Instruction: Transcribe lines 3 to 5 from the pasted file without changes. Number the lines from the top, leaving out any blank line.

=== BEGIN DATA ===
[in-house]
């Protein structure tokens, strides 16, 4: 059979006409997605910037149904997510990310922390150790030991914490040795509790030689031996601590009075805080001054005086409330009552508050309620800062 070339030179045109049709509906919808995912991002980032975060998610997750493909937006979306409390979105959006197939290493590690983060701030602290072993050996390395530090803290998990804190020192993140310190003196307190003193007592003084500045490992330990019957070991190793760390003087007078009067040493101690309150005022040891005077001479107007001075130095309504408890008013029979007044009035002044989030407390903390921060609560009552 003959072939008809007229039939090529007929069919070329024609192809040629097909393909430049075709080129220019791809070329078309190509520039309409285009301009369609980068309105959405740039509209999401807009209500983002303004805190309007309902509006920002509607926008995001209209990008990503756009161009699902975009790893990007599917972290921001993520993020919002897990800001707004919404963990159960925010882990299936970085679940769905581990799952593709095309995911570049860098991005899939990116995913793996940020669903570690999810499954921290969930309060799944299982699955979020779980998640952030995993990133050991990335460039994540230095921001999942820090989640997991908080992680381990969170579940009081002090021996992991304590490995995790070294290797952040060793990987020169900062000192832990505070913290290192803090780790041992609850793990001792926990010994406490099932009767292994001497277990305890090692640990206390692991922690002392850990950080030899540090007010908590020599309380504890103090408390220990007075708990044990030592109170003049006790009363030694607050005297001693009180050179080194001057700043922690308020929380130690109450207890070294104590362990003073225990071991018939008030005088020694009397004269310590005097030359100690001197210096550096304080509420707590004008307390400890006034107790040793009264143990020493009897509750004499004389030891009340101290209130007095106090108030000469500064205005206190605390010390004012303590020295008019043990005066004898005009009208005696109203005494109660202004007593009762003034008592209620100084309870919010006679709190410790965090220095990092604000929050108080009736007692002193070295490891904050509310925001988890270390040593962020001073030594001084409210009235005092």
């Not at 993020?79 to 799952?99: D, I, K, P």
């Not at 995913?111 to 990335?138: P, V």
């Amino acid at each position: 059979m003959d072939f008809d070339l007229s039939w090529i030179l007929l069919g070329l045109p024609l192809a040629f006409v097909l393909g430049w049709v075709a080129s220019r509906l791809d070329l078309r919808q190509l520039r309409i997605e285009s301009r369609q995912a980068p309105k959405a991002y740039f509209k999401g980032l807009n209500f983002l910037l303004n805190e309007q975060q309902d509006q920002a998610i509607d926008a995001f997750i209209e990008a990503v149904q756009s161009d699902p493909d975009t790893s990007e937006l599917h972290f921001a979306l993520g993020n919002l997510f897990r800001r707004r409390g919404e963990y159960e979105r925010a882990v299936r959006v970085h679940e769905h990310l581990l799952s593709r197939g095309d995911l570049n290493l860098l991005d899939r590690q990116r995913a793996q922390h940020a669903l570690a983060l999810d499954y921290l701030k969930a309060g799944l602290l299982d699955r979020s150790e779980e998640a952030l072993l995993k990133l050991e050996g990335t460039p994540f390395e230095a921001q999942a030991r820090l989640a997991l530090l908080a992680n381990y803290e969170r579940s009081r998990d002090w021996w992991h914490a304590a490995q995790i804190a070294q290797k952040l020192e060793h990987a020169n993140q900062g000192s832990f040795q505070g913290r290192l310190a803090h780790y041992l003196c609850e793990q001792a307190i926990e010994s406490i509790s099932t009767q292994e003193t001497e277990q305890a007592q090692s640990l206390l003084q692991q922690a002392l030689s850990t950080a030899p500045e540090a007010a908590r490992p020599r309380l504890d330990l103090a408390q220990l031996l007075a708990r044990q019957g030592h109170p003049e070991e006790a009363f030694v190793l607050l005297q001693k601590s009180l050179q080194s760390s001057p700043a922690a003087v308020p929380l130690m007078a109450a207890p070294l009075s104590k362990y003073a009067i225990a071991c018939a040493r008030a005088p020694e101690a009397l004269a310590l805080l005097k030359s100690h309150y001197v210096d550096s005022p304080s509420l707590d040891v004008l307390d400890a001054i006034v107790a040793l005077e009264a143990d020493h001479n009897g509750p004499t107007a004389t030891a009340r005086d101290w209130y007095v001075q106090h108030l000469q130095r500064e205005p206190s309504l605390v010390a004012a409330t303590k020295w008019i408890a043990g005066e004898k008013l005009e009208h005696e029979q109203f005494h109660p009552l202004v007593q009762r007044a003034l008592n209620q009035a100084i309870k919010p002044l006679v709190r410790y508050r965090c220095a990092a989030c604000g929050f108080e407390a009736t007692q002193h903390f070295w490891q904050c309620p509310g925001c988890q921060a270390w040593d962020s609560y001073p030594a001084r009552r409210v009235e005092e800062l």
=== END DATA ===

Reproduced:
């Not at 993020?79 to 799952?99: D, I, K, P």
């Not at 995913?111 to 990335?138: P, V």
């Amino acid at each position: 059979m003959d072939f008809d070339l007229s039939w090529i030179l007929l069919g070329l045109p024609l192809a040629f006409v097909l393909g430049w049709v075709a080129s220019r509906l791809d070329l078309r919808q190509l520039r309409i997605e285009s301009r369609q995912a980068p309105k959405a991002y740039f509209k999401g980032l807009n209500f983002l910037l303004n805190e309007q975060q309902d509006q920002a998610i509607d926008a995001f997750i209209e990008a990503v149904q756009s161009d699902p493909d975009t790893s990007e937006l599917h972290f921001a979306l993520g993020n919002l997510f897990r800001r707004r409390g919404e963990y159960e979105r925010a882990v299936r959006v970085h679940e769905h990310l581990l799952s593709r197939g095309d995911l570049n290493l860098l991005d899939r590690q990116r995913a793996q922390h940020a669903l570690a983060l999810d499954y921290l701030k969930a309060g799944l602290l299982d699955r979020s150790e779980e998640a952030l072993l995993k990133l050991e050996g990335t460039p994540f390395e230095a921001q999942a030991r820090l989640a997991l530090l908080a992680n381990y803290e969170r579940s009081r998990d002090w021996w992991h914490a304590a490995q995790i804190a070294q290797k952040l020192e060793h990987a020169n993140q900062g000192s832990f040795q505070g913290r290192l310190a803090h780790y041992l003196c609850e793990q001792a307190i926990e010994s406490i509790s099932t009767q292994e003193t001497e277990q305890a007592q090692s640990l206390l003084q692991q922690a002392l030689s850990t950080a030899p500045e540090a007010a908590r490992p020599r309380l504890d330990l103090a408390q220990l031996l007075a708990r044990q019957g030592h109170p003049e070991e006790a009363f030694v190793l607050l005297q001693k601590s009180l050179q080194s760390s001057p700043a922690a003087v308020p929380l130690m007078a109450a207890p070294l009075s104590k362990y003073a009067i225990a071991c018939a040493r008030a005088p020694e101690a009397l004269a310590l805080l005097k030359s100690h309150y001197v210096d550096s005022p304080s509420l707590d040891v004008l307390d400890a001054i006034v107790a040793l005077e009264a143990d020493h001479n009897g509750p004499t107007a004389t030891a009340r005086d101290w209130y007095v001075q106090h108030l000469q130095r500064e205005p206190s309504l605390v010390a004012a409330t303590k020295w008019i408890a043990g005066e004898k008013l005009e009208h005696e029979q109203f005494h109660p009552l202004v007593q009762r007044a003034l008592n209620q009035a100084i309870k919010p002044l006679v709190r410790y508050r965090c220095a990092a989030c604000g929050f108080e407390a009736t007692q002193h903390f070295w490891q904050c309620p509310g925001c988890q921060a270390w040593d962020s609560y001073p030594a001084r009552r409210v009235e005092e800062l």